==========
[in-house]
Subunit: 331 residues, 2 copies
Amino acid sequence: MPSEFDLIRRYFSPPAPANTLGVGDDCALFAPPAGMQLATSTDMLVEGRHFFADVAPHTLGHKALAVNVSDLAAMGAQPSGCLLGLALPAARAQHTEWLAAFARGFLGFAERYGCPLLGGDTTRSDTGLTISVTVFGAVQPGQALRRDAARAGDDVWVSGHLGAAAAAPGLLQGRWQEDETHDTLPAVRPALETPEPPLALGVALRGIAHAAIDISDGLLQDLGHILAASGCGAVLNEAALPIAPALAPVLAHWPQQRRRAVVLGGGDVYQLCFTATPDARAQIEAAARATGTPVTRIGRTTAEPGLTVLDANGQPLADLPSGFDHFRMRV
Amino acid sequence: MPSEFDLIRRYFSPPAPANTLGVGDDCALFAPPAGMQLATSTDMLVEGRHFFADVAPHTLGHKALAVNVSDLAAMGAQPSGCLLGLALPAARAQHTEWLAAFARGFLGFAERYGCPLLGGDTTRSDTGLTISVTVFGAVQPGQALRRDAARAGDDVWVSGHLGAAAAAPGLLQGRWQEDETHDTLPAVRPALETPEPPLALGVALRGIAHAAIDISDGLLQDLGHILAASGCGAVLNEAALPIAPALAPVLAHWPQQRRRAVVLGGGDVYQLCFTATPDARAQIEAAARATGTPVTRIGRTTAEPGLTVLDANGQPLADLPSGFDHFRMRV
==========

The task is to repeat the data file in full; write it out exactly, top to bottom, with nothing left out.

[in-house]
Subunit: 331 residues, 2 copies
Amino acid sequence: MPSEFDLIRRYFSPPAPANTLGVGDDCALFAPPAGMQLATSTDMLVEGRHFFADVAPHTLGHKALAVNVSDLAAMGAQPSGCLLGLALPAARAQHTEWLAAFARGFLGFAERYGCPLLGGDTTRSDTGLTISVTVFGAVQPGQALRRDAARAGDDVWVSGHLGAAAAAPGLLQGRWQEDETHDTLPAVRPALETPEPPLALGVALRGIAHAAIDISDGLLQDLGHILAASGCGAVLNEAALPIAPALAPVLAHWPQQRRRAVVLGGGDVYQLCFTATPDARAQIEAAARATGTPVTRIGRTTAEPGLTVLDANGQPLADLPSGFDHFRMRV
Amino acid sequence: MPSEFDLIRRYFSPPAPANTLGVGDDCALFAPPAGMQLATSTDMLVEGRHFFADVAPHTLGHKALAVNVSDLAAMGAQPSGCLLGLALPAARAQHTEWLAAFARGFLGFAERYGCPLLGGDTTRSDTGLTISVTVFGAVQPGQALRRDAARAGDDVWVSGHLGAAAAAPGLLQGRWQEDETHDTLPAVRPALETPEPPLALGVALRGIAHAAIDISDGLLQDLGHILAASGCGAVLNEAALPIAPALAPVLAHWPQQRRRAVVLGGGDVYQLCFTATPDARAQIEAAARATGTPVTRIGRTTAEPGLTVLDANGQPLADLPSGFDHFRMRV